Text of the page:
With the UK's bluebell season expected to start early this year, the Woodland Trust list the woods that promise the most spectacular show
This is a large expanse of woodland made up from a series of ancient woodland sites. There are two public rights of way and a path leading onto Shaptor Rocks where you can enjoy magnificent views across the local landscape. More information
Costells Wood is a site of ancient woodland and has been designated an area of wildlife importance. Several small ponds are found in the site, alongside an extensive path network. More information
Visit both a wood and the seaside! Sea Wood stands against the northwest shore of Morecambe Bay and is edged by the shingle beach of Ulverston Sands. At one time large oak timbers from the site were floated at high tide to ship builders in Ulverston. More information
Well known for its spring colour and range of wildlife, this mixed woodland of ash, sycamore and hazel is well worth a visit. More information
Tattershall Carrs forms the last remaining remnants of ancient, wet, alder-dominated woodland that once ringed the margins of the Fens. It also boasts a fascinating history – the wood was part of RAF Woodhall Spa during the Second World War, and was home to the famous 617 ‘Dambusters’ squadron. More information
Clanger, Picket and Round Woods have been designated a Site of Special Scientific Interest due to the varied butterfly and moth populations. Many paths lead into cleared glades where bluebells thrive in spring. More information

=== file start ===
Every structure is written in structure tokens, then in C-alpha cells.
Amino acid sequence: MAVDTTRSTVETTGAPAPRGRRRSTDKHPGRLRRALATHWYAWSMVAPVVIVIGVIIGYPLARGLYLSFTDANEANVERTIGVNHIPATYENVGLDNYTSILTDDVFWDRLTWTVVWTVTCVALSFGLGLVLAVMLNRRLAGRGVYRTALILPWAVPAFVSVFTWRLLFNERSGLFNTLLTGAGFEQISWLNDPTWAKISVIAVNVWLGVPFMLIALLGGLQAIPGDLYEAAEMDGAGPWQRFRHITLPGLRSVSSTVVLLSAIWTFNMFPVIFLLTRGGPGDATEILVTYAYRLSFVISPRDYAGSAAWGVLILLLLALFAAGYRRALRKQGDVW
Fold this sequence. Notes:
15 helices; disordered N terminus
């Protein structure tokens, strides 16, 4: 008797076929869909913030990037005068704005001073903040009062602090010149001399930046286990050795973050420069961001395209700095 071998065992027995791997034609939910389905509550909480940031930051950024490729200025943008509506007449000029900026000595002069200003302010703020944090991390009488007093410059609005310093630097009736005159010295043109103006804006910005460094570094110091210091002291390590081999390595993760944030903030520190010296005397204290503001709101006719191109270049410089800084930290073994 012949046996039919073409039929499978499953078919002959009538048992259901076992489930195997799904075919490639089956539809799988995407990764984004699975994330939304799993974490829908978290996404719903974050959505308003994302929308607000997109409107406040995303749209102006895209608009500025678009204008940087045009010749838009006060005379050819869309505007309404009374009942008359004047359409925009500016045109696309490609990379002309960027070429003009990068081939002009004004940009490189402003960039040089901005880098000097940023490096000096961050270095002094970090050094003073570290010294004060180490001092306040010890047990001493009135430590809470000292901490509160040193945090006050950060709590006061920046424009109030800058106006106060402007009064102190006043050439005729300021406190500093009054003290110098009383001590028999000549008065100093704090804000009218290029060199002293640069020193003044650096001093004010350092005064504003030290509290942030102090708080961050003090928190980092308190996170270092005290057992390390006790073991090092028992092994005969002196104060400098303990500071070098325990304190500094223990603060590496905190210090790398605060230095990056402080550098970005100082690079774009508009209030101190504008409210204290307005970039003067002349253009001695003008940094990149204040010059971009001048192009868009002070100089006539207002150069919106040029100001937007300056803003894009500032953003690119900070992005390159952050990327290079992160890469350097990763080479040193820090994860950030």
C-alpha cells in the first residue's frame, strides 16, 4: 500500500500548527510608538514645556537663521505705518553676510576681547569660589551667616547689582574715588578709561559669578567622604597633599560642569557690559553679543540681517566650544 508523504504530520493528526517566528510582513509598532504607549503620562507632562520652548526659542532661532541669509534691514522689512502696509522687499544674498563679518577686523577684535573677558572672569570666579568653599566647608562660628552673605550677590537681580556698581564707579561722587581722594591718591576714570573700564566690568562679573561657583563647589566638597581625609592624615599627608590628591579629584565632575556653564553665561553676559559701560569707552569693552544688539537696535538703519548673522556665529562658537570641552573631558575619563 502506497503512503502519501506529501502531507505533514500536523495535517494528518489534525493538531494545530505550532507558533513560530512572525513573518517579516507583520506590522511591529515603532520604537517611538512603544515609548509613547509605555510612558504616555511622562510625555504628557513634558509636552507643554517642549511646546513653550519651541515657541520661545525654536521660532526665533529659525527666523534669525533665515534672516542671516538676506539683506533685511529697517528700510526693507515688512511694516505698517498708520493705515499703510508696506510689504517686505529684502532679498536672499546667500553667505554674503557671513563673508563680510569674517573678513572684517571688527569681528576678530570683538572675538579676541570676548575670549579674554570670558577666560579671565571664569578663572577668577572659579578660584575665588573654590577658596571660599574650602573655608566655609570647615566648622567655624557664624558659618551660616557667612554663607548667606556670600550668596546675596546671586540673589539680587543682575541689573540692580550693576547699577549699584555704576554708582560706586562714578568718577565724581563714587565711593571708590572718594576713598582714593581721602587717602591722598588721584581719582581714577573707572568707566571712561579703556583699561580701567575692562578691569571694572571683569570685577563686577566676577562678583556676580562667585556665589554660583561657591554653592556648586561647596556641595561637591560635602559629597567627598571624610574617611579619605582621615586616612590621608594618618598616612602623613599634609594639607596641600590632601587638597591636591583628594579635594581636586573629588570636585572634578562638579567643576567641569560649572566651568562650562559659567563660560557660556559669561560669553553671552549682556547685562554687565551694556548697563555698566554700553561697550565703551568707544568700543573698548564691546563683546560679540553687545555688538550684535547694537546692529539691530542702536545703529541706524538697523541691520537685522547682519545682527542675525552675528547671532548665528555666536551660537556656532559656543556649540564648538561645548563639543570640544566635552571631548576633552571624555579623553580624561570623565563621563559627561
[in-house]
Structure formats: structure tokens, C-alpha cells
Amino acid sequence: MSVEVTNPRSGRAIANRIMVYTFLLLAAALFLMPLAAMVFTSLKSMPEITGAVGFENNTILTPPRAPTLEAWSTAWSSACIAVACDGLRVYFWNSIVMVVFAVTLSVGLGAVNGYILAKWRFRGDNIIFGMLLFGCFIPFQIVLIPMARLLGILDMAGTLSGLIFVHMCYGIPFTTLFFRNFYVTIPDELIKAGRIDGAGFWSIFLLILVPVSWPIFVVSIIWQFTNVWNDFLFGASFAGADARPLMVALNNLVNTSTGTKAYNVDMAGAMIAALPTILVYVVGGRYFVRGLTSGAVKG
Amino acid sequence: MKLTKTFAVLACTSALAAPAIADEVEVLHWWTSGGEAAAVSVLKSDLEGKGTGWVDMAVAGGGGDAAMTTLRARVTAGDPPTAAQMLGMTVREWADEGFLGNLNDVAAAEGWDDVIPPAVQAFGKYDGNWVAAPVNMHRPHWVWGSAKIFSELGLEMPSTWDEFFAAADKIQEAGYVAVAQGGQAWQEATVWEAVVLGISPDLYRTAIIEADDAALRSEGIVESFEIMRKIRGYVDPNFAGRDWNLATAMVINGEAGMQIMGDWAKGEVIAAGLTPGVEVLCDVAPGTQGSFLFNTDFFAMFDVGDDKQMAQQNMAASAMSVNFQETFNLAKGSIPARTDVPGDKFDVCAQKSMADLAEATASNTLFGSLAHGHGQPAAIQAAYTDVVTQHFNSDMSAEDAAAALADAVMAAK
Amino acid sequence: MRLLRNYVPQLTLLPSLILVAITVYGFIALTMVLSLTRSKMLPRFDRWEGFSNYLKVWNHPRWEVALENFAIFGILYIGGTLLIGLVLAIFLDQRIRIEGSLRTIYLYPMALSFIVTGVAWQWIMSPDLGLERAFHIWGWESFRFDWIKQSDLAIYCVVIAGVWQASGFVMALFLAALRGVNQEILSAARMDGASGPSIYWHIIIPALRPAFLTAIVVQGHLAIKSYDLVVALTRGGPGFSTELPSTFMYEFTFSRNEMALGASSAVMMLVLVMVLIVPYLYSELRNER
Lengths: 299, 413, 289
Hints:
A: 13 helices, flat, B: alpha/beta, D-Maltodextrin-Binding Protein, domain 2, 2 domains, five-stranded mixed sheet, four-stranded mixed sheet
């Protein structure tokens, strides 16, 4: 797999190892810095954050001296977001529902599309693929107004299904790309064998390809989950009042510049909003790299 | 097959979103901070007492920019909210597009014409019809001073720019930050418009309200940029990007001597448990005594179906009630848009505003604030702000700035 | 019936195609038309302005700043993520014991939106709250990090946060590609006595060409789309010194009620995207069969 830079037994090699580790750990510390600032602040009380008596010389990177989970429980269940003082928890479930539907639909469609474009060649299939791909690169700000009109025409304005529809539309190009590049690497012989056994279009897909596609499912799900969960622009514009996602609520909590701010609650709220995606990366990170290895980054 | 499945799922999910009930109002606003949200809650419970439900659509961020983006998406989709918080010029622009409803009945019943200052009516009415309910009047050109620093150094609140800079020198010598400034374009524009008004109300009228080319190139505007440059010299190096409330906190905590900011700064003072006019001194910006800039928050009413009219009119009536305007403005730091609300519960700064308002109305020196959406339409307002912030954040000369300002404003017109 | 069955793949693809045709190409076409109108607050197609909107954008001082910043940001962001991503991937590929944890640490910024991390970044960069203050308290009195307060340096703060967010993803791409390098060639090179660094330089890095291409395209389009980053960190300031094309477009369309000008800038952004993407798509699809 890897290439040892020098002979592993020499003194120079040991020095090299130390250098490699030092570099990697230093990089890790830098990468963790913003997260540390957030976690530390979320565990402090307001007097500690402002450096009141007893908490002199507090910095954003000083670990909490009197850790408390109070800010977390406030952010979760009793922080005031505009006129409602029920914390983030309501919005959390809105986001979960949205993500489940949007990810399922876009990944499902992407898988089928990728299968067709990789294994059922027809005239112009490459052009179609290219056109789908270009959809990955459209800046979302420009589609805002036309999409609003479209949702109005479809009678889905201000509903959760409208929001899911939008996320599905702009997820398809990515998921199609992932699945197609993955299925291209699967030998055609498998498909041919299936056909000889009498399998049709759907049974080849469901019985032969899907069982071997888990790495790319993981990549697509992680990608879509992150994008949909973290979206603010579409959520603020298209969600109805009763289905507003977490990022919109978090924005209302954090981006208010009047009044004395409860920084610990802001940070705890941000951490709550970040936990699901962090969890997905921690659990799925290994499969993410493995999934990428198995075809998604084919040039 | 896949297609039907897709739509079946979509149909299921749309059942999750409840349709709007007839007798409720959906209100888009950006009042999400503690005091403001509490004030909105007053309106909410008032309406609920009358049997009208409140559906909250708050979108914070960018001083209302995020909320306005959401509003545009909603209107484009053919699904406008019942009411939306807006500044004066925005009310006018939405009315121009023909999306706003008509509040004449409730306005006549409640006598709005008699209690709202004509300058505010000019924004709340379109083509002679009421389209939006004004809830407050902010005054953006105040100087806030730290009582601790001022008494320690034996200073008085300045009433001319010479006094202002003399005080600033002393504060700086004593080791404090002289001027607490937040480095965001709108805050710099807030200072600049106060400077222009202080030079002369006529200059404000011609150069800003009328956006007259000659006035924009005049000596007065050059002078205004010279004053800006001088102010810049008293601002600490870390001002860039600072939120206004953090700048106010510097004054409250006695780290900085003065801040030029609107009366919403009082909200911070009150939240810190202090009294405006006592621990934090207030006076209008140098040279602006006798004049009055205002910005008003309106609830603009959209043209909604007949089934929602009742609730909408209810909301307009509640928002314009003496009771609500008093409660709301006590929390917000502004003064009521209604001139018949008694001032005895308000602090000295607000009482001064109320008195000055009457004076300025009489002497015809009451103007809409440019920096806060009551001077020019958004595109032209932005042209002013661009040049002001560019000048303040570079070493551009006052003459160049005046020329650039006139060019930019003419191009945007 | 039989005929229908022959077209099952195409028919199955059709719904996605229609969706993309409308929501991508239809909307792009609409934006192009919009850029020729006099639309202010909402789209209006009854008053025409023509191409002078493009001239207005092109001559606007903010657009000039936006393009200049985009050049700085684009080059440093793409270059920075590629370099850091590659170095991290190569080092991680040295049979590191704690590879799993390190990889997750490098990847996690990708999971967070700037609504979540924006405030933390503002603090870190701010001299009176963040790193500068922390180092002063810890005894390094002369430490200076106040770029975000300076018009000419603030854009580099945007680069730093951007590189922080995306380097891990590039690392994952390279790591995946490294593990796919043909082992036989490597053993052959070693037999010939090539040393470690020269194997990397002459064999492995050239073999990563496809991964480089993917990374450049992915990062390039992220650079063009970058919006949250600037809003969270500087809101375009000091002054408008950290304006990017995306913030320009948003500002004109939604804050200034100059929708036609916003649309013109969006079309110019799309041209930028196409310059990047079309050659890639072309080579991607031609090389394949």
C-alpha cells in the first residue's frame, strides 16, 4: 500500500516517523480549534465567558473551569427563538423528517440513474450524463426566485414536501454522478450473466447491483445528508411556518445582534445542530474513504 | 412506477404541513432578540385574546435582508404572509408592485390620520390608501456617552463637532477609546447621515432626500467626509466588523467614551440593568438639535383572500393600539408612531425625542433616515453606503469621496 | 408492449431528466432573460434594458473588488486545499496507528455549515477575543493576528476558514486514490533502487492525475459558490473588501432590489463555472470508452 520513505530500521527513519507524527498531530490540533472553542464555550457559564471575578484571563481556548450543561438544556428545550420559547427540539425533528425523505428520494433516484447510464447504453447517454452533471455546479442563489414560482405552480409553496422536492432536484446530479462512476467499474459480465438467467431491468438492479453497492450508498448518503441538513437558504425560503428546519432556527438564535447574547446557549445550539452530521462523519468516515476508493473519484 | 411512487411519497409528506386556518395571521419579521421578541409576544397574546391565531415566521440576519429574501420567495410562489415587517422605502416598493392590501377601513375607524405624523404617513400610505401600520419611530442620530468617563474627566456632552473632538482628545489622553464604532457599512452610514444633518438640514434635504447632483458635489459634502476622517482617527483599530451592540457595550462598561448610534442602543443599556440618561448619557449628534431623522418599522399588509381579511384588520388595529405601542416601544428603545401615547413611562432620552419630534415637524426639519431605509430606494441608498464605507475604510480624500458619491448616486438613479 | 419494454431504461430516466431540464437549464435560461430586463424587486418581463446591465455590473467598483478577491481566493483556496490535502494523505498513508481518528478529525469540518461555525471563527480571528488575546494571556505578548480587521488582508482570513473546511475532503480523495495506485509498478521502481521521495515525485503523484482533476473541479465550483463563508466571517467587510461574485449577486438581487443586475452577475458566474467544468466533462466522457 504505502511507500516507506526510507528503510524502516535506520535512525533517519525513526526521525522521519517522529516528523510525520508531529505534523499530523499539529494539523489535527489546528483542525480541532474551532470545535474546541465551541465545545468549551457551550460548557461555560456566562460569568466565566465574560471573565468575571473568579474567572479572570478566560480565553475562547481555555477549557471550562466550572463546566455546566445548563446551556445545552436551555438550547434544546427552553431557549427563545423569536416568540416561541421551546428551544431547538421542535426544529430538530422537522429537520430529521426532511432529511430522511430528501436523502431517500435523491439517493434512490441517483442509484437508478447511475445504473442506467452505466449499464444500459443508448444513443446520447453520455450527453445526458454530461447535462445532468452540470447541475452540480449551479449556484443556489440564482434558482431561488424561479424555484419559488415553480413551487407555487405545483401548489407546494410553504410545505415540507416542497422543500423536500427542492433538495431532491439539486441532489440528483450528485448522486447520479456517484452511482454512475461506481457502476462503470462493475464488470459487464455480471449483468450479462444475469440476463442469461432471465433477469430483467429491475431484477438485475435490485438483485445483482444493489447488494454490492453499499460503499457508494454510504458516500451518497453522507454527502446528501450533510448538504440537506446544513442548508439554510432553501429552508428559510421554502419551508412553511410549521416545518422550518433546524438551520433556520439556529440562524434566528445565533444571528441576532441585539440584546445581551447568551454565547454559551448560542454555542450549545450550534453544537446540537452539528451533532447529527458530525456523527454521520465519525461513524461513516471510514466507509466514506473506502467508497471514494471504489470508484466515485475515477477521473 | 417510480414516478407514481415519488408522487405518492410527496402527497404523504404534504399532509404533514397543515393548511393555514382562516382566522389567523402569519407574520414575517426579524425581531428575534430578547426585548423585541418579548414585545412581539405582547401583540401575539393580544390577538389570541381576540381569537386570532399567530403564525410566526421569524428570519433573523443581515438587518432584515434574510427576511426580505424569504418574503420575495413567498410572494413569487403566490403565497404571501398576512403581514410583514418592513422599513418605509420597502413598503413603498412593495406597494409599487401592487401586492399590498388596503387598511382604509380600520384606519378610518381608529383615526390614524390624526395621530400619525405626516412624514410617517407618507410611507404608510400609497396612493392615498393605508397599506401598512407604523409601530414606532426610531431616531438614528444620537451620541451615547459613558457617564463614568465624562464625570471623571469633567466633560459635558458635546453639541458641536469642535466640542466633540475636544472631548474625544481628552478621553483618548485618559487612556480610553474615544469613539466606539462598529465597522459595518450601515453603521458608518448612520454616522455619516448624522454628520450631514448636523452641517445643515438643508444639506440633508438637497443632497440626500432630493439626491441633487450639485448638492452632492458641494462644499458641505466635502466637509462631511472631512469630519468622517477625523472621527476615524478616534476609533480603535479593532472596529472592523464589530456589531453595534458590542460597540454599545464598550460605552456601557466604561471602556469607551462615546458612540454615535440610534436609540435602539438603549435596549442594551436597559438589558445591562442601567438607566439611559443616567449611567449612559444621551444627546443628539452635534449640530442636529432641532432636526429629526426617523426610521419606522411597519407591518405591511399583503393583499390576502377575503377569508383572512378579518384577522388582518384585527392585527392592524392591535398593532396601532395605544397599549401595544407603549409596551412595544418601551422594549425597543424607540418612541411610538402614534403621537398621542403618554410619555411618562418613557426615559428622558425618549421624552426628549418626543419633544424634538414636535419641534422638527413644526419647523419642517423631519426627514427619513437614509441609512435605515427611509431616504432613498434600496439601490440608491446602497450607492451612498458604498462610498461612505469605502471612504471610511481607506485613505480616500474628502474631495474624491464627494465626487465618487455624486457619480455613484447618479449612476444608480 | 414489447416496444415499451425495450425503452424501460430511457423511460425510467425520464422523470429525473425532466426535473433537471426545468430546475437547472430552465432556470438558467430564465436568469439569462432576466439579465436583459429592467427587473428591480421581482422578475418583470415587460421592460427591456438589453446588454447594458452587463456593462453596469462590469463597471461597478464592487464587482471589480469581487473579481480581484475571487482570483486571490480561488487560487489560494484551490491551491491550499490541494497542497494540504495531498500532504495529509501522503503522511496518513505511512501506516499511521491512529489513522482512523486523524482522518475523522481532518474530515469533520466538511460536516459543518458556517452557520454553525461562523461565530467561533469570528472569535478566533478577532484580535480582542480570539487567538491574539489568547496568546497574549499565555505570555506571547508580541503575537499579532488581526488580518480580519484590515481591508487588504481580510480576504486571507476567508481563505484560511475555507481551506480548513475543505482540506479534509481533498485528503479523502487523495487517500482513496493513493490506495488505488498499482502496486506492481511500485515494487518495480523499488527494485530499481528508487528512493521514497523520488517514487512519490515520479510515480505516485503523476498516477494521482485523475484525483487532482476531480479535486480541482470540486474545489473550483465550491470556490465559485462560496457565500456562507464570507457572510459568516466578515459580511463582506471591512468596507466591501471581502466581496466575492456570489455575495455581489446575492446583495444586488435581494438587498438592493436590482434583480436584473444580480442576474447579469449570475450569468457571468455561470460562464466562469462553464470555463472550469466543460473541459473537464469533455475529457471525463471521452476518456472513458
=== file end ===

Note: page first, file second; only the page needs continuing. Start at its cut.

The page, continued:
Killaloo sits within the beautiful valley of the River Faughan, just a mile upstream from Oaks Wood. There are some spectacular oaks, possibly explaining why the rare purple hairstreak butterfly, which is confined to oak wood, has been spotted here. In addition to our well-loved bluebell, keep a look out for some other woodland beauties.
Plants such as wood anemone, wood sorrel and wild garlic adorn the ancient woodland; while birds include the sparrowhawk, jay and kingfisher. Paths on the site have recently been upgraded. More information
This mix of ancient and newly created woodlands, botanically rich meadows and hedgerows provides a haven for wildlife. The Carmarthenshire Coast Long Distance Footpath is routed through the site and fine views can be had over the Afon Tywi and towards Carmarthen. More information
This woodland is part of a major concentration of ancient woodlands along Loch Ness. It boasts some of the largest specimens of Wellingtonia, Lawson's cypress and Douglas fir in Britain. A series of waymarked walks lead you through the site. More information
This year the Woodland Trust is also launching a new walking trail through 25 of its woods that uses a downloadable app. Two woodland dwellers will lead families through the wood on a trail with activities and challenges.
Find out more about the Trust’s bluebell woods at www.woodlandtrust.org.uk
Main image: Bluebell Wood in England (Shutterstock.com)